Paris climate agreement

No time to rest on laurels

The Paris climate agreement was concluded in December 2015 and triggered a wave of excitement. The international community had agreed to cooperate on limiting climate change. The initial euphoria has since dissipated. Where do we stand today?

last contributed to D+C/E+Z in the winter of 2017/2018 as managing director of the Munich Re Foundation and as board member of the Munich Climate Insurance Initiative (MCII).

More renewable energy is vital for achieving the Paris climate targets: a wind farm under construction in Germany. Hans Blossey/Lineair More renewable energy is vital for achieving the Paris climate targets: a wind farm under construction in Germany.

The good news first: global emissions of carbon dioxide, the most important greenhouse gas, have levelled off in recent years in spite of global economic growth. That is very much the kind of development that the Paris agreement was designed to achieve.

At the 21st Conference of the Parties (COP 21), 196 countries agreed in the French capital to cooperate on slowing down the rise in global average air temperature near the earth’s surface. At the same time, the international community committed to the ambitious goal of limiting global warming to well below two degrees above preindustrial levels. It also pledged to help the poor and worst-hit countries to adapt to climate change and to promote global financial flows in order to boost the resilience of the communities affected.

It all sounds good. Even the number of countries committing to the agreement is impressive. As of August 2017, the accord has been signed by 195 parties to the UN Framework Convention on Climate Change (UNFCCC) and ratified by 159 countries.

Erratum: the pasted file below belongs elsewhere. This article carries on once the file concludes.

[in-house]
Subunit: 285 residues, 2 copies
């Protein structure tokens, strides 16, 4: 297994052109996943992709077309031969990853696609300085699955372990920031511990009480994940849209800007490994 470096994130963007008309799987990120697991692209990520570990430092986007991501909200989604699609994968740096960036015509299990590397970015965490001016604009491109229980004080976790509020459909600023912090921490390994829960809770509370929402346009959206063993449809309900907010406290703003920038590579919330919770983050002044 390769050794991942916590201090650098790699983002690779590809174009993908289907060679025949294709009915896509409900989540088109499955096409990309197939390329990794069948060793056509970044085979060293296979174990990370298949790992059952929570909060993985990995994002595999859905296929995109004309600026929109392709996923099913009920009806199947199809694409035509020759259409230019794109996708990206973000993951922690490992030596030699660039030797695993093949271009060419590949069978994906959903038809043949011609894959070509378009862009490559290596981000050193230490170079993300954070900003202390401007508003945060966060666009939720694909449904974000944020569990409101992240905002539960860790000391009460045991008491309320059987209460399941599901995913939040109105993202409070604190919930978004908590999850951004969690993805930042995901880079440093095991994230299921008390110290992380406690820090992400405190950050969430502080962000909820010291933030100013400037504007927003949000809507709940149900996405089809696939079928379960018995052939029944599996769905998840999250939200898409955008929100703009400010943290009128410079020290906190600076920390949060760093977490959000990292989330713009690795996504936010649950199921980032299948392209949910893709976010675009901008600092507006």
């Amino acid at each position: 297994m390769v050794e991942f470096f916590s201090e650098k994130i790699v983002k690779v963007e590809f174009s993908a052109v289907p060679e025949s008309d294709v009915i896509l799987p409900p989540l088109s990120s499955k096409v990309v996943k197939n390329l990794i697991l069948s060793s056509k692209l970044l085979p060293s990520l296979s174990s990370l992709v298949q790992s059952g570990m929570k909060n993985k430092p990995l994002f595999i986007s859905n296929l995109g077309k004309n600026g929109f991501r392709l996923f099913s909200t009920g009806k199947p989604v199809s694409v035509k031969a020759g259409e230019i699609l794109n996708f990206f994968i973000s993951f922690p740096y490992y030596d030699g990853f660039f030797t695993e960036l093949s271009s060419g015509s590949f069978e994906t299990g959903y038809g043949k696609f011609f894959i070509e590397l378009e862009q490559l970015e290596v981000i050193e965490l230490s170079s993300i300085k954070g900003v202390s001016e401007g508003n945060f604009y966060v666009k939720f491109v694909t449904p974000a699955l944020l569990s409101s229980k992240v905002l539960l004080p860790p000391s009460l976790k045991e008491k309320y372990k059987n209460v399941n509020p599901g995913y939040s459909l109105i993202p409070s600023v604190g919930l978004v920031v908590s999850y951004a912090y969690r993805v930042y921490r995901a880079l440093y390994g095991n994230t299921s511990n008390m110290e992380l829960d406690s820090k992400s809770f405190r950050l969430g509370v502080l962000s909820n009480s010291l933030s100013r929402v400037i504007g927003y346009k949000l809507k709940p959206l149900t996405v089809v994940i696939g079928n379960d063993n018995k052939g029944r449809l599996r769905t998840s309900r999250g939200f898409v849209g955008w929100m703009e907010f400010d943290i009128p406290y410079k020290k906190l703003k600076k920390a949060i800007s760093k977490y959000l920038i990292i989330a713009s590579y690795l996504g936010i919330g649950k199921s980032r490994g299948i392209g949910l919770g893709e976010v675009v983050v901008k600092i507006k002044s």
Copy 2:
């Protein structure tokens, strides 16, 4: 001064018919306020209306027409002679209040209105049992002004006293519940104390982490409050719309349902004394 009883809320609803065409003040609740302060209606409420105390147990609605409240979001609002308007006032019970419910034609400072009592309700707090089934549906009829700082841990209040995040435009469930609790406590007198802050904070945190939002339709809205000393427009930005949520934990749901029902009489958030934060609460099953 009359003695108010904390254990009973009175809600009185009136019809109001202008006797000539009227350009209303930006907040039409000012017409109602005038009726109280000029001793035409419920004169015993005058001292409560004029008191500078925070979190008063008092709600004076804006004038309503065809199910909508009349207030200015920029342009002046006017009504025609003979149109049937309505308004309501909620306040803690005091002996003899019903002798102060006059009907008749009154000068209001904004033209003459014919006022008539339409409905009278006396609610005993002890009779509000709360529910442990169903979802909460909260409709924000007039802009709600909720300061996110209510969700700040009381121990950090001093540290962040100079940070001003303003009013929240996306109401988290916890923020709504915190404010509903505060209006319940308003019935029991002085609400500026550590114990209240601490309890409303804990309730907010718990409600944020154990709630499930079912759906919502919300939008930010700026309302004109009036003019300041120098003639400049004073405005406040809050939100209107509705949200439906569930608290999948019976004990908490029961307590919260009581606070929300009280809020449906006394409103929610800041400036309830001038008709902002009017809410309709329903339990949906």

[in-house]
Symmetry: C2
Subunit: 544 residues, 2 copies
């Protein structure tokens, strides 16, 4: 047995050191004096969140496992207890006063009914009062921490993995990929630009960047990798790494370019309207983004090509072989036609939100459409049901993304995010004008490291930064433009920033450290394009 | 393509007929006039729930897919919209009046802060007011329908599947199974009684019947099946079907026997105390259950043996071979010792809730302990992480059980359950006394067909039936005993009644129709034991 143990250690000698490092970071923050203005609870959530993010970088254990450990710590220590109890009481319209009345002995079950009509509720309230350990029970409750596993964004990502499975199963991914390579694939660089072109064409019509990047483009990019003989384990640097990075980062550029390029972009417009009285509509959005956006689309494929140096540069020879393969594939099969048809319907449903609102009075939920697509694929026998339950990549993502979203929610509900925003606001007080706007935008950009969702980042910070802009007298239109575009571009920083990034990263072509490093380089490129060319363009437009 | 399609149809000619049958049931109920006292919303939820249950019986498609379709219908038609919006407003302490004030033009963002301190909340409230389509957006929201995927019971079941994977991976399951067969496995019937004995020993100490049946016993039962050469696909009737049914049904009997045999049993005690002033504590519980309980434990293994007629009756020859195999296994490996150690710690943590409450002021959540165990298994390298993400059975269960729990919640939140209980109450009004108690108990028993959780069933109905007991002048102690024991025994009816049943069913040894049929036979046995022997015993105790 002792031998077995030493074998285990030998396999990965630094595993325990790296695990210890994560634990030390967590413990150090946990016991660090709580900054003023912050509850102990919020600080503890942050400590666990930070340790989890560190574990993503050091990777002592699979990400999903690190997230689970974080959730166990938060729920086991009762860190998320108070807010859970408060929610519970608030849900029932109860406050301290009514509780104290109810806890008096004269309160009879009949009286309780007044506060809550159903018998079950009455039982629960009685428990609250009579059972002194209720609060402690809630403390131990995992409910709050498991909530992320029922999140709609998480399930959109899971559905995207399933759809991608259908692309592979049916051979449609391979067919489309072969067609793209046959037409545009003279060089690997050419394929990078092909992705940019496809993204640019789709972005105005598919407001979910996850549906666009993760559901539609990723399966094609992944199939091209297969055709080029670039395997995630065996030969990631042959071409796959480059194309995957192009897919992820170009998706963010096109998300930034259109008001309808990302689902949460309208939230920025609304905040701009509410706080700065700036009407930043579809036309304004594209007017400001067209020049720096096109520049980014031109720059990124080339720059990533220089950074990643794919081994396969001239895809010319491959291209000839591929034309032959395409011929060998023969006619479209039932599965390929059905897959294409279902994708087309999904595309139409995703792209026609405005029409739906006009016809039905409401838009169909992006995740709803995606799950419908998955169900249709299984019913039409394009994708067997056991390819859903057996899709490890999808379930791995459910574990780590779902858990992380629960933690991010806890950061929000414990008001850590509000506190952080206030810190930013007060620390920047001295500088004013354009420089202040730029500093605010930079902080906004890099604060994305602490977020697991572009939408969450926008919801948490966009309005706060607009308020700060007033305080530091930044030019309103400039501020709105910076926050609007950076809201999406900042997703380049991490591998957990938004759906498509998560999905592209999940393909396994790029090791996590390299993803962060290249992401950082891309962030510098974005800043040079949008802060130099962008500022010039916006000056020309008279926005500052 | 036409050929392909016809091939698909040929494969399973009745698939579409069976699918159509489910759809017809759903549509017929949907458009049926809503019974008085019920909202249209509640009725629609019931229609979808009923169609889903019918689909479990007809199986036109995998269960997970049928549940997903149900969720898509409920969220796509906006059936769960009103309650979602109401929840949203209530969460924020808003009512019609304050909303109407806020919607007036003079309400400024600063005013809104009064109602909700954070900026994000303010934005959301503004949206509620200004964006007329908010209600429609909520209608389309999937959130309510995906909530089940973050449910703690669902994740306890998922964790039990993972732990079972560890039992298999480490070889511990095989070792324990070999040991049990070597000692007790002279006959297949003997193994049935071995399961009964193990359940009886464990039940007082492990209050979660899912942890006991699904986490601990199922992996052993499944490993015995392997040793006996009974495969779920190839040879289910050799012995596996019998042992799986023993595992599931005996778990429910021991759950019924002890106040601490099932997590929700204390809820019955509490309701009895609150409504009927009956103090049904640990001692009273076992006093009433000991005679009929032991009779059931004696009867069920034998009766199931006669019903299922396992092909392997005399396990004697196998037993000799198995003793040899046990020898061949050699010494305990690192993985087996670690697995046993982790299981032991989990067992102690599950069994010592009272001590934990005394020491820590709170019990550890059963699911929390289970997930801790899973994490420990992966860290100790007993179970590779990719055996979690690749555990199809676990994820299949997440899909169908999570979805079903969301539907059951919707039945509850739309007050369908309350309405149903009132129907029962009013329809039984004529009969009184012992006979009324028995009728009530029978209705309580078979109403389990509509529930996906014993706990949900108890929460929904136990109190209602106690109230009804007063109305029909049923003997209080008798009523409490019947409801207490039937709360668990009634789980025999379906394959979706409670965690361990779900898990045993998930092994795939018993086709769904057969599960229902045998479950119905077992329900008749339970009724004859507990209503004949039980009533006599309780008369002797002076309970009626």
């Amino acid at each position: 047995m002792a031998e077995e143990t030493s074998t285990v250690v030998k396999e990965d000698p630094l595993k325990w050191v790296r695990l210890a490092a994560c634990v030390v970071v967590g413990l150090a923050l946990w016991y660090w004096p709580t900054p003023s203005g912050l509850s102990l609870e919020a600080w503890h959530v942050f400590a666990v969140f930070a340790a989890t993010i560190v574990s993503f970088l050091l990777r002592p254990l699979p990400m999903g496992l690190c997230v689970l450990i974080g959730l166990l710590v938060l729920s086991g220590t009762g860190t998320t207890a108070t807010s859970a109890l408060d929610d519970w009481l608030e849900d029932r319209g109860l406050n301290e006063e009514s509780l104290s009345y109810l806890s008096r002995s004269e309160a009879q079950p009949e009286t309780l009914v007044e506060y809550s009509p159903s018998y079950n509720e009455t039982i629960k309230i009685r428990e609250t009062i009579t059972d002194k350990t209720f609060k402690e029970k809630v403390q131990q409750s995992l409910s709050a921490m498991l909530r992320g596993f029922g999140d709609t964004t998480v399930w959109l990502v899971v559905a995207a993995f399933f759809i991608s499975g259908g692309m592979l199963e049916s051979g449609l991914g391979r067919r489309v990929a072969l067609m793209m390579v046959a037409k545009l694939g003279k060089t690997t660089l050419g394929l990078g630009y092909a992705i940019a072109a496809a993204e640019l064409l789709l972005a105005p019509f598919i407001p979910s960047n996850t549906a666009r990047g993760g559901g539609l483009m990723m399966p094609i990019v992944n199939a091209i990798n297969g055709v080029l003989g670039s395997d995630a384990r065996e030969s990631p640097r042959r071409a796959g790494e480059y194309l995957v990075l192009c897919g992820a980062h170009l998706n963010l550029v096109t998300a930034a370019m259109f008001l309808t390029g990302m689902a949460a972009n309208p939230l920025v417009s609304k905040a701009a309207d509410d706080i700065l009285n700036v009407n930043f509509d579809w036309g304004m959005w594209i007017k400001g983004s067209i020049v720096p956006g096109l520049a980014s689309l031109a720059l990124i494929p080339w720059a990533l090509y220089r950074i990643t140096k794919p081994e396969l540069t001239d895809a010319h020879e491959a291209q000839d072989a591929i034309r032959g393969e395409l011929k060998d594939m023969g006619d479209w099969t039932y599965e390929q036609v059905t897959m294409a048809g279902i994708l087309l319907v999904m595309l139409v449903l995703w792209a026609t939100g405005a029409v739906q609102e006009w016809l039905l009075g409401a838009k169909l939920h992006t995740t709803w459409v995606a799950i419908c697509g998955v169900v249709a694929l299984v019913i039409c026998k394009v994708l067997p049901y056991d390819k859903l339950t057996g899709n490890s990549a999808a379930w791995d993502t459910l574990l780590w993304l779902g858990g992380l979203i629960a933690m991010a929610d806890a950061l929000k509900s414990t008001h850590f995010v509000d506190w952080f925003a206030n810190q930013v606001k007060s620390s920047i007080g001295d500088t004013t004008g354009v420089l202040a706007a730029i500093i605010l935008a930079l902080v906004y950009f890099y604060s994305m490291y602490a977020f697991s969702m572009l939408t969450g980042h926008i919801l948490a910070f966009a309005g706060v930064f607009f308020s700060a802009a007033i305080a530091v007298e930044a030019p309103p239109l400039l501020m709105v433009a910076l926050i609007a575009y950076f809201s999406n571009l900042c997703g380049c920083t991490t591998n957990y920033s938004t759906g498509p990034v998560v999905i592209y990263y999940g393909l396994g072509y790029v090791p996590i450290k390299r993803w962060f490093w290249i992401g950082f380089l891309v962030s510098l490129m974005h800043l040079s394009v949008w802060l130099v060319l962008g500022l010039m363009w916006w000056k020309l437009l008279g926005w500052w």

Several weeks ago, US President Donald Trump announced that the United States – the world’s largest economy and historically the biggest emitter of carbon dioxide – will pull out of the Paris agreement. Fortunately, that has not so far shaken confidence in the accord. On the contrary, it has given rise to a kind of “now more than ever” determination.

France’s newly elected president, Emmanuel Macron, openly criticised the United States. That rebuke should not be overestimated. It matters, however, that the G20 summit in Hamburg in July sent a powerful signal when 19 countries unanimously affirmed their commitment to the Paris agreement. The final vote left the US isolated 19 to 1.

Trump has neither managed to sow doubt and insecurity, nor to deal a blow to the transition to cleaner, sustainable energy. His plea for coal and the possible abandonment of renewable forms of energy generally failed to make much of an impression. Even within the United States, there has been fierce opposition, especially from parts of the business community seen as industries of the future.

Symbolic power

What really makes the Paris agreement important, is its symbolic power – the sense that all nations are working together to mitigate climate change. Thus, it is the most comprehensive climate treaty ever. But it must not be excessively eulogised either. It offers a big framework, which still needs to be filled with life.

It is good to see that the “below two degrees” target has now broadly been ratified. But the reality is that – even if current national reduction targets (nationally determined contributions – NDCs) are implemented – we will still be heading for a three degree rise in global temperatures. The plans in place at country level will not achieve the goal.

Much of the momentum generated by the Paris climate summit has now dissipated. Various debates mark day-by-day politics – from the United States’ dispute with North Korea, to the discussion about refugees in Europe, to the diesel scandal involving German car makers. In this setting, climate change mitigation is easily side-lined – even though 2017 has once more shown that the warnings issued by the Intergovernmental Panel on Climate Change (IPCC) deserve to be taken seriously. Extreme weather events are increasing.

Torrential rains, heat waves and droughts have wreaked serious damage in Europe this summer. Flash floods and landslides in Germany and Austria, torrents and hailstorms in Turkey, parched earth and forest fires in southern Europe are just a few examples. Such events barely made headlines, the daily news-cycle was dominated by issues such as migration and Trump.